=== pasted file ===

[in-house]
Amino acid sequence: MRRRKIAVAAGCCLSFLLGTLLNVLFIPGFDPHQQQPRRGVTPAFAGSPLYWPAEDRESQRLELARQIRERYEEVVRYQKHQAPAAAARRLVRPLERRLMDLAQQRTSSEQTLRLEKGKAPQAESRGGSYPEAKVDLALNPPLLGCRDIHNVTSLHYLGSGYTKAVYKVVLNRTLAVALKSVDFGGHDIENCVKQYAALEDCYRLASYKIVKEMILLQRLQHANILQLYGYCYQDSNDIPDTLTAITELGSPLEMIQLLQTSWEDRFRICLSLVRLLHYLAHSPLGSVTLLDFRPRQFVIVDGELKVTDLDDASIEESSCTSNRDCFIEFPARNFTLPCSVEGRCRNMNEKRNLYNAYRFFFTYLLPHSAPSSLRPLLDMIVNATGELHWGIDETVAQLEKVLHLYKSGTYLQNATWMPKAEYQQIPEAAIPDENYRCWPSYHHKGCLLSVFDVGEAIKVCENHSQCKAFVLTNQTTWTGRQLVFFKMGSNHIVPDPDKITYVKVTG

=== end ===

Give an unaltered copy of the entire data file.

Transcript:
[in-house]
Amino acid sequence: MRRRKIAVAAGCCLSFLLGTLLNVLFIPGFDPHQQQPRRGVTPAFAGSPLYWPAEDRESQRLELARQIRERYEEVVRYQKHQAPAAAARRLVRPLERRLMDLAQQRTSSEQTLRLEKGKAPQAESRGGSYPEAKVDLALNPPLLGCRDIHNVTSLHYLGSGYTKAVYKVVLNRTLAVALKSVDFGGHDIENCVKQYAALEDCYRLASYKIVKEMILLQRLQHANILQLYGYCYQDSNDIPDTLTAITELGSPLEMIQLLQTSWEDRFRICLSLVRLLHYLAHSPLGSVTLLDFRPRQFVIVDGELKVTDLDDASIEESSCTSNRDCFIEFPARNFTLPCSVEGRCRNMNEKRNLYNAYRFFFTYLLPHSAPSSLRPLLDMIVNATGELHWGIDETVAQLEKVLHLYKSGTYLQNATWMPKAEYQQIPEAAIPDENYRCWPSYHHKGCLLSVFDVGEAIKVCENHSQCKAFVLTNQTTWTGRQLVFFKMGSNHIVPDPDKITYVKVTG